Dubai: A time to buy? Or a time to stay well away?
There are no easy answers for investors keeping a wary eye on Turkey’s real estate market. Sure, the Turkish lira’s been taking a pounding (along with some of the other emerging market currencies), but the country’s property market had been doing relatively well up to that point. The lira’s off more than 20 per cent against the dollar since the start of the year.
“According to our Global House Price Index, which tracks the change in mainstream prices using data from official sources, Turkey registered an annual price growth of 11.2 per cent in the year to December 2017 and was ranked fifth out of 59 countries,” said Kate Everett-Allen, Partner - Residential Research, at Knight Frank. “However, inflation stood at 11.9 per cent in December last, which means in real terms, [house] prices declined.”
But since then, the lira tanked and putting the economy under severe strain. That’s not all.
Potential property investors need to be clued into the country’s politics as well. There is no separating one from the other. Turkey is having general elections on June 24, and it could be that a clearer picture on where the economy is headed will be available only after that.
“Although the lira has slipped against the dollar and the pound, its weakness is less of a factor for overseas investors than the broader economic and geopolitical landscape in Turkey,” said Everett-Allen.
Investors from the UAE seemed to have stayed back from committing to Turkish property in the first three months of this year. But those from Saudi Arabia and Kuwait feature in the Top 6 rankings of foreign nationalities in terms of investment value, while Qatari investors were placed 12th. Iraqi and Iranian investors were placed first and third, respectively, while Saudis occupied the second spot.
“GCC buyers covered 17 per cent of total residential unit sales to foreign buyers in the first quarter of 2018,” said Huma Kartal, Research Analyst at the Turkish property firm of Pamir & Soyuer. “But annual residential unit sales to foreign buyers are lower than 2 per cent of total residential sales, at around 20,000 units a year.
“The citizenship is offered to all international buyers, regardless of the developer or (whether they are) secondary market sales. It is offered only for investments above $1 million. But the majority of residential sales are below this level.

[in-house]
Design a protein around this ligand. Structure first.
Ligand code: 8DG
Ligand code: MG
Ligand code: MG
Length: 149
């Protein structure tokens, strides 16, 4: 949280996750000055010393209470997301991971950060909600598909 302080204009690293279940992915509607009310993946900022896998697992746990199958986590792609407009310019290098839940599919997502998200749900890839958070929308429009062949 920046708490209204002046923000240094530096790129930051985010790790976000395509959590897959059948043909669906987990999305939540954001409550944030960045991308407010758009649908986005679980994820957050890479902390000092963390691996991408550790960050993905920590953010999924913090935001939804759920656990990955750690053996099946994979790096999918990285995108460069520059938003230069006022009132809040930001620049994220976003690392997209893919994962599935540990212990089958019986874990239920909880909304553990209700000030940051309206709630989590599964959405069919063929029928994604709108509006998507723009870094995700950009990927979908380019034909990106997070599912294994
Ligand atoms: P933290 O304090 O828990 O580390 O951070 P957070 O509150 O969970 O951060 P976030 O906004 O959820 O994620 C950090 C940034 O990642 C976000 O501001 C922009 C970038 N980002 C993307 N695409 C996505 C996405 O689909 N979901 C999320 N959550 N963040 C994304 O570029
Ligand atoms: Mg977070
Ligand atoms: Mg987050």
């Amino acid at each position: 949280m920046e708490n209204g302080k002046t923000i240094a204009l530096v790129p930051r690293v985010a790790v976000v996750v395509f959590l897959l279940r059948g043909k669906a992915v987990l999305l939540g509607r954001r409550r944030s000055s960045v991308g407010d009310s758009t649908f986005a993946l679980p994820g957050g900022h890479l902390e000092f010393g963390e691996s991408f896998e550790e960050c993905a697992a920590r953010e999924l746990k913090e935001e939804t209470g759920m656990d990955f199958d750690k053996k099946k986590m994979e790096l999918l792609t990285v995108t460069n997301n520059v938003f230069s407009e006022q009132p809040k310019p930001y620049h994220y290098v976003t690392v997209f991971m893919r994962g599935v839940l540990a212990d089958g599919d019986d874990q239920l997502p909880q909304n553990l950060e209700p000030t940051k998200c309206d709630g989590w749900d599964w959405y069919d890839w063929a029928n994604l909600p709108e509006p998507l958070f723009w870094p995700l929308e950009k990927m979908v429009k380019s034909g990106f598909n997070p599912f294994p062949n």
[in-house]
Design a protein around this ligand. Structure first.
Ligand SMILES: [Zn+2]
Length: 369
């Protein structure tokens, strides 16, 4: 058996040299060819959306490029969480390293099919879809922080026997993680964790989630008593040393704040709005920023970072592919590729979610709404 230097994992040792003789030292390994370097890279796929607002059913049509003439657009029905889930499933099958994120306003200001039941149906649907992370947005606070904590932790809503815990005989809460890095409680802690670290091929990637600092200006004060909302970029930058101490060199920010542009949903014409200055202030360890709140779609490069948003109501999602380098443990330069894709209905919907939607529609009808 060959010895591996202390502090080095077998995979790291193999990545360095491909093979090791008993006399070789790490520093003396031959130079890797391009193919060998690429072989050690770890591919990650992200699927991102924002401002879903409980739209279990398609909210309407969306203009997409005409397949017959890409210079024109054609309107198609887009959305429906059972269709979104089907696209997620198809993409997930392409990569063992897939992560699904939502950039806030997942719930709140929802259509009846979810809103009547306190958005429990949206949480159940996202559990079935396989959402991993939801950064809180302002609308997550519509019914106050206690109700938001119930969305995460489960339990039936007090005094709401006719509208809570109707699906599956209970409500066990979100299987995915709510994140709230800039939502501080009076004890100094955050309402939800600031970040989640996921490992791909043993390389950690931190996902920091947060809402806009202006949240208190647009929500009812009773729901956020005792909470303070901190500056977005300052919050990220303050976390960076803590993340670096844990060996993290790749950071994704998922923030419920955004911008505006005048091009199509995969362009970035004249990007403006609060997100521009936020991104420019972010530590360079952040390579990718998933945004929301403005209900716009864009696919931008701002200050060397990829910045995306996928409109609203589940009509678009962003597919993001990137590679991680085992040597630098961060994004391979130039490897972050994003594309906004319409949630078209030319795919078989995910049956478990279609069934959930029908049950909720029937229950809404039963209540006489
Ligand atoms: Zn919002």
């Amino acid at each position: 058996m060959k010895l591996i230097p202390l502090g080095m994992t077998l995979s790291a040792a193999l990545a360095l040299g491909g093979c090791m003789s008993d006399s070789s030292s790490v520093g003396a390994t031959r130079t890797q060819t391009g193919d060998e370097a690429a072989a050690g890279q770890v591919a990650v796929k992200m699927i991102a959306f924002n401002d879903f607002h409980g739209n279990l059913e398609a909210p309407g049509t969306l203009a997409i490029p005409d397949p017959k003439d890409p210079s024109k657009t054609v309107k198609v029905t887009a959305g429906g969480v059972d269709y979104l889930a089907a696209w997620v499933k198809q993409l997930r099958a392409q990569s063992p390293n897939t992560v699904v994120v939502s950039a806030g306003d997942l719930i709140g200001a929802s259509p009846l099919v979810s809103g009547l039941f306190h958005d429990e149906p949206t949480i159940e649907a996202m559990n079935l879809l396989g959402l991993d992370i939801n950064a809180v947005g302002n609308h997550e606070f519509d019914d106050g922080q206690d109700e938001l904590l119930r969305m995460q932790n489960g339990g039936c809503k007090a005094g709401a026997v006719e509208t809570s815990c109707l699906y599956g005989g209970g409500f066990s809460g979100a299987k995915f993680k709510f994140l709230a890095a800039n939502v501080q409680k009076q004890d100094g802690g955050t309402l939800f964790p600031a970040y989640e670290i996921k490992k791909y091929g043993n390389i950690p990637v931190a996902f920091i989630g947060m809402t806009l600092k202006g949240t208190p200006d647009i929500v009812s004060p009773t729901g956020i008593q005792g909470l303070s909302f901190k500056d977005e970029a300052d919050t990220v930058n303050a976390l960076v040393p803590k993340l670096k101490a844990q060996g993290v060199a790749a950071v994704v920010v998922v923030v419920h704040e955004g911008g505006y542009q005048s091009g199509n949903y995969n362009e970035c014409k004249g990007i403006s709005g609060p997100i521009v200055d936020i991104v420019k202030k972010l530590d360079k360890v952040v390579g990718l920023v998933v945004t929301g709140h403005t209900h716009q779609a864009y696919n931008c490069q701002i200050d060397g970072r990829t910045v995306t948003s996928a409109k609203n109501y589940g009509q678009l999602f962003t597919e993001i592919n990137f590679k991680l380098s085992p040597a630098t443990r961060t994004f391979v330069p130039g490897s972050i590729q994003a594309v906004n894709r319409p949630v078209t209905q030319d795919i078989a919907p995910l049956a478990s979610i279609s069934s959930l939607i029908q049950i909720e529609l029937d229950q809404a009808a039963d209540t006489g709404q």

“The rapid devaluation of the lira against major currencies will provide attractive price levels for residential properties.” But will a falling lira convince Gulf buyers to keep faith in Turkish property? In recent years, the annual Cityscape event in Dubai had a sizable representation of Turkish developers, and trying to catch the eye of investors willing to pay $1 million and more for citizenship rights. Developments such as the hugely ambitious Istanbul Financial Centre and mixed-use projects in and around the new airport in Istanbul were showcased.
Market sources say that investors from here and elsewhere in the Gulf had responded quite well - but then everything changed after the crisis erupted between the Gulf states and Qatar in May last year.
Turkey was seen as taking an equivocal stance on Gulf states’ demands of Qatar. At last year’s Cityscape in Dubai, Turkish representation was distinctly low profile compared to years past. And investment data does suggest that investors from the UAE have been keeping a distance from new commitments on Turkey property.
Should other regional investors too be looking elsewhere? Specifically, should they get back into Dubai’s property market in a big way? Sources here suggest that current property values in Dubai still represent a good entry point for investors wanting to see as little volatility on their asset purchases.
The upcoming second quarter transaction figures from Dubai Land Department should offer some sort of indication of where Gulf and Arab investors’ interest lie. Keep pulling in more of these investments and there could well be an upturn ahead.